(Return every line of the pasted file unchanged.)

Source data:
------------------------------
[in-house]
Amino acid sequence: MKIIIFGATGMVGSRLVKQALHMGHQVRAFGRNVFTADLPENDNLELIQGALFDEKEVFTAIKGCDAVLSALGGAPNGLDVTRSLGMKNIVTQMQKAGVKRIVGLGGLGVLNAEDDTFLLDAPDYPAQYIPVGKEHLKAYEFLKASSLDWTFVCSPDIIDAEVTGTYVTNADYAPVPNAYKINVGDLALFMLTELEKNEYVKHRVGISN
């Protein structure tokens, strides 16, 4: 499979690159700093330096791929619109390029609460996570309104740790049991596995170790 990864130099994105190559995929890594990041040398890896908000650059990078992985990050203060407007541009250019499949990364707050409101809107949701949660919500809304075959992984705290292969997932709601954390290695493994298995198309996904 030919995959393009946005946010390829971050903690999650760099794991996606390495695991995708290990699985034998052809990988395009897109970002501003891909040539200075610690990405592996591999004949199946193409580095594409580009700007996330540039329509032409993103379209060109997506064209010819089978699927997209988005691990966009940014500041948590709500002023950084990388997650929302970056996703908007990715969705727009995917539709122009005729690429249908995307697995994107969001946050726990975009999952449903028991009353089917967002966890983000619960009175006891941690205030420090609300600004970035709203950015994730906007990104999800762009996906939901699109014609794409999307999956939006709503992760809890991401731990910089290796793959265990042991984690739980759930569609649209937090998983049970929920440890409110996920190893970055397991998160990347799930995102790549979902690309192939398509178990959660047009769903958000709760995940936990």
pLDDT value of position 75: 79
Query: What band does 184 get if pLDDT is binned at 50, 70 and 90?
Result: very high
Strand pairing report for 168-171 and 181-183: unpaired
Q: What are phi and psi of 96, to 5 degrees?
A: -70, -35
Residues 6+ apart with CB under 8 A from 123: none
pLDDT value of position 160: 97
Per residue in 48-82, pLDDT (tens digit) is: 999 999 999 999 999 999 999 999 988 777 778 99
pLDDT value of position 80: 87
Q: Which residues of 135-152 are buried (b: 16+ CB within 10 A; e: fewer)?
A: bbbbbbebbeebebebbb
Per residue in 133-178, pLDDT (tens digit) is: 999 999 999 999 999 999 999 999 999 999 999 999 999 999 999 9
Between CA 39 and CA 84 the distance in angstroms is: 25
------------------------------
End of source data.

[in-house]
Amino acid sequence: MKIIIFGATGMVGSRLVKQALHMGHQVRAFGRNVFTADLPENDNLELIQGALFDEKEVFTAIKGCDAVLSALGGAPNGLDVTRSLGMKNIVTQMQKAGVKRIVGLGGLGVLNAEDDTFLLDAPDYPAQYIPVGKEHLKAYEFLKASSLDWTFVCSPDIIDAEVTGTYVTNADYAPVPNAYKINVGDLALFMLTELEKNEYVKHRVGISN
């Protein structure tokens, strides 16, 4: 499979690159700093330096791929619109390029609460996570309104740790049991596995170790 990864130099994105190559995929890594990041040398890896908000650059990078992985990050203060407007541009250019499949990364707050409101809107949701949660919500809304075959992984705290292969997932709601954390290695493994298995198309996904 030919995959393009946005946010390829971050903690999650760099794991996606390495695991995708290990699985034998052809990988395009897109970002501003891909040539200075610690990405592996591999004949199946193409580095594409580009700007996330540039329509032409993103379209060109997506064209010819089978699927997209988005691990966009940014500041948590709500002023950084990388997650929302970056996703908007990715969705727009995917539709122009005729690429249908995307697995994107969001946050726990975009999952449903028991009353089917967002966890983000619960009175006891941690205030420090609300600004970035709203950015994730906007990104999800762009996906939901699109014609794409999307999956939006709503992760809890991401731990910089290796793959265990042991984690739980759930569609649209937090998983049970929920440890409110996920190893970055397991998160990347799930995102790549979902690309192939398509178990959660047009769903958000709760995940936990």
pLDDT value of position 75: 79
Query: What band does 184 get if pLDDT is binned at 50, 70 and 90?
Result: very high
Strand pairing report for 168-171 and 181-183: unpaired
Q: What are phi and psi of 96, to 5 degrees?
A: -70, -35
Residues 6+ apart with CB under 8 A from 123: none
pLDDT value of position 160: 97
Per residue in 48-82, pLDDT (tens digit) is: 999 999 999 999 999 999 999 999 988 777 778 99
pLDDT value of position 80: 87
Q: Which residues of 135-152 are buried (b: 16+ CB within 10 A; e: fewer)?
A: bbbbbbebbeebebebbb
Per residue in 133-178, pLDDT (tens digit) is: 999 999 999 999 999 999 999 999 999 999 999 999 999 999 999 9
Between CA 39 and CA 84 the distance in angstroms is: 25